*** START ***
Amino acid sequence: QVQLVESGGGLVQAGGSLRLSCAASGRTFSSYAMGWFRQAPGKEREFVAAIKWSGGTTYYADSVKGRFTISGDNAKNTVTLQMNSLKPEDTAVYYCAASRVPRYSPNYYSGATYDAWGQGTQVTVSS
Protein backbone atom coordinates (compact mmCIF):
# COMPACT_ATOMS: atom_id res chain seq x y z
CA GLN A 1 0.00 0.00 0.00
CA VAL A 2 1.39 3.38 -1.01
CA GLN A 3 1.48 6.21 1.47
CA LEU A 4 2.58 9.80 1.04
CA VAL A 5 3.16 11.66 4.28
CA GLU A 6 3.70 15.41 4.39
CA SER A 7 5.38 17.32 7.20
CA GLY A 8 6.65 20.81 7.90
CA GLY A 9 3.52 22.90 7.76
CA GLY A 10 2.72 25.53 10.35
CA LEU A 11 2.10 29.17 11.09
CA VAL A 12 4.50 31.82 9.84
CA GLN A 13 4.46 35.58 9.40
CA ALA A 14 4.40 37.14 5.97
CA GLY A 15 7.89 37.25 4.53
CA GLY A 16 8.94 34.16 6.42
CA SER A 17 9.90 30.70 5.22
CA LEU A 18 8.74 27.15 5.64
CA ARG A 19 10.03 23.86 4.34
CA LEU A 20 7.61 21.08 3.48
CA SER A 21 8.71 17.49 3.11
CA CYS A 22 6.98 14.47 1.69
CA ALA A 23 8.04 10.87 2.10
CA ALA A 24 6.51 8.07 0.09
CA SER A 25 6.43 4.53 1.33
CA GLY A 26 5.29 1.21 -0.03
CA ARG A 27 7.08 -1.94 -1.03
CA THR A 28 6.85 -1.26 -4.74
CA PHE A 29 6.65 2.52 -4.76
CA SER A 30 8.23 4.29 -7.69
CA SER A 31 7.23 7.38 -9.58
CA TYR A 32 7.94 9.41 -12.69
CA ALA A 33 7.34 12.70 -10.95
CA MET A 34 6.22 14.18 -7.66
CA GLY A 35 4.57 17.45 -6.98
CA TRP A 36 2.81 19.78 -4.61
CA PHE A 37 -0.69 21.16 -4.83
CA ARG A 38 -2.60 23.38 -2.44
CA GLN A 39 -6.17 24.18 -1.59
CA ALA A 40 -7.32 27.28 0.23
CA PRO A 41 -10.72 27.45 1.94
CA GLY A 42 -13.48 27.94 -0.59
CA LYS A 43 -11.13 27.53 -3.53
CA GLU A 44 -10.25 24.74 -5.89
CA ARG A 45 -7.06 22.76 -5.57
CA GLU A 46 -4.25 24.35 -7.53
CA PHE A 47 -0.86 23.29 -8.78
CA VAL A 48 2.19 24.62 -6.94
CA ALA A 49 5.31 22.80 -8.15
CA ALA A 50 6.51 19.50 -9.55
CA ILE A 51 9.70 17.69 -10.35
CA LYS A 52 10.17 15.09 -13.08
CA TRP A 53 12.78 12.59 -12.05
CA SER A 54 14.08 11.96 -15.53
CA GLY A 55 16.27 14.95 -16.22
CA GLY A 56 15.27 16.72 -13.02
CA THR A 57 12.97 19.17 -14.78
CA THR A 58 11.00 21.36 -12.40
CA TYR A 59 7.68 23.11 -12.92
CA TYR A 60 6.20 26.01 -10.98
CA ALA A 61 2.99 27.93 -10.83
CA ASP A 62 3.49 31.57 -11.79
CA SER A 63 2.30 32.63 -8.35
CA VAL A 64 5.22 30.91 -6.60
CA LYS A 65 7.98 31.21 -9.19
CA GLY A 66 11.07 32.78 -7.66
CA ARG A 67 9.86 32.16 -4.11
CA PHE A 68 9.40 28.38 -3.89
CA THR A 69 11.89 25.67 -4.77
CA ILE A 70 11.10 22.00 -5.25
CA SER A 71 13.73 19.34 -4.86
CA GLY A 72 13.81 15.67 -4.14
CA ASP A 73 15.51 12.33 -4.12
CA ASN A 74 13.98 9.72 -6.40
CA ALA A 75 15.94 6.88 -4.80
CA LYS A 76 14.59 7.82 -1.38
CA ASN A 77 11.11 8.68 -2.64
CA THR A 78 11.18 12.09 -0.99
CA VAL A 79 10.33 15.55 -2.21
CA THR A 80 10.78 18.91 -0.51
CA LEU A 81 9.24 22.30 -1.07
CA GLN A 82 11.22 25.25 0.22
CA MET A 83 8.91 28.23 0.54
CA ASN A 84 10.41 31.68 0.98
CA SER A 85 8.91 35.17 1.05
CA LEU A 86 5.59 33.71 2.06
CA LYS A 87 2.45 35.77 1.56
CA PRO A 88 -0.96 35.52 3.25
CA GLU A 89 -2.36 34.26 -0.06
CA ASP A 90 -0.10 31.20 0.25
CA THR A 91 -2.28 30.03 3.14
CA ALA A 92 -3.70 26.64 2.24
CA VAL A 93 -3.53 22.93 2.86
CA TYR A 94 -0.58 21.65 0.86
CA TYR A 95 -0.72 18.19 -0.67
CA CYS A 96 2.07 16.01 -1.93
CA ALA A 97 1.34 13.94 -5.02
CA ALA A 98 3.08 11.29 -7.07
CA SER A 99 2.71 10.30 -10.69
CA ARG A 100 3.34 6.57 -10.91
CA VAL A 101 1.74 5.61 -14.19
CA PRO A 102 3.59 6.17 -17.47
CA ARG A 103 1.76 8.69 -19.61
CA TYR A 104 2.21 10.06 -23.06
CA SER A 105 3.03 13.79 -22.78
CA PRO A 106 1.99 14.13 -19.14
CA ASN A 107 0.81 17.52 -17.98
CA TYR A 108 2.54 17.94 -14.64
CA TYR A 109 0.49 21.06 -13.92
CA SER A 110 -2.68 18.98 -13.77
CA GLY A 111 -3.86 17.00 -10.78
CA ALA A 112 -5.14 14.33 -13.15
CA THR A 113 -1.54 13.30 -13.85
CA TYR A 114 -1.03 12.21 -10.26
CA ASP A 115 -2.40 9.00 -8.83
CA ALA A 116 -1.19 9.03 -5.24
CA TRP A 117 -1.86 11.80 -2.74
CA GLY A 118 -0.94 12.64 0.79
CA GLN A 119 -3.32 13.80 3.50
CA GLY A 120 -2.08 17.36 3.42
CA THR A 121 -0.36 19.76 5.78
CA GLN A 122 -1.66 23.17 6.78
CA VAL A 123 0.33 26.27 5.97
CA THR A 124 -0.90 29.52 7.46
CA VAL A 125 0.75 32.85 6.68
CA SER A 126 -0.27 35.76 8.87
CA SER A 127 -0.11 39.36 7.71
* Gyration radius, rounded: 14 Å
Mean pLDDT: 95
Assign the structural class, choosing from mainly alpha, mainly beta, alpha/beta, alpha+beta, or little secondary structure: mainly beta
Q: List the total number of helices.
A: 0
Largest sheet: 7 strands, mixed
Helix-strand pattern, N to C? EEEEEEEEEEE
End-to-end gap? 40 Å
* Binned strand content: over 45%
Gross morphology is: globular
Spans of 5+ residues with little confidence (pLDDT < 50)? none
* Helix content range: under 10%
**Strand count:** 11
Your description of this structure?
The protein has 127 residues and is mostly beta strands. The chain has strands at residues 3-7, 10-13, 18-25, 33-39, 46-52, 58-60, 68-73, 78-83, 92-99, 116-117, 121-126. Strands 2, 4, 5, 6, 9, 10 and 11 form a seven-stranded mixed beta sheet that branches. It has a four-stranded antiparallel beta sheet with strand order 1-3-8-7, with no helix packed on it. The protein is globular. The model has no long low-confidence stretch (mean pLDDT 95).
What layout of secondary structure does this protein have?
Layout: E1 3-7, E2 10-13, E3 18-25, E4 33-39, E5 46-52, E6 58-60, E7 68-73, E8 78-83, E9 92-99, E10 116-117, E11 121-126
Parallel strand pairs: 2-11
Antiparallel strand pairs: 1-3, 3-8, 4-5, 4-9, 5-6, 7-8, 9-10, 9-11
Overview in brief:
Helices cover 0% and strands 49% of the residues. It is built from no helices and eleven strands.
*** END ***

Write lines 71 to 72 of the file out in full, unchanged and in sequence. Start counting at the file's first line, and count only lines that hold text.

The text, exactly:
CA PHE A 68 9.40 28.38 -3.89
CA THR A 69 11.89 25.67 -4.77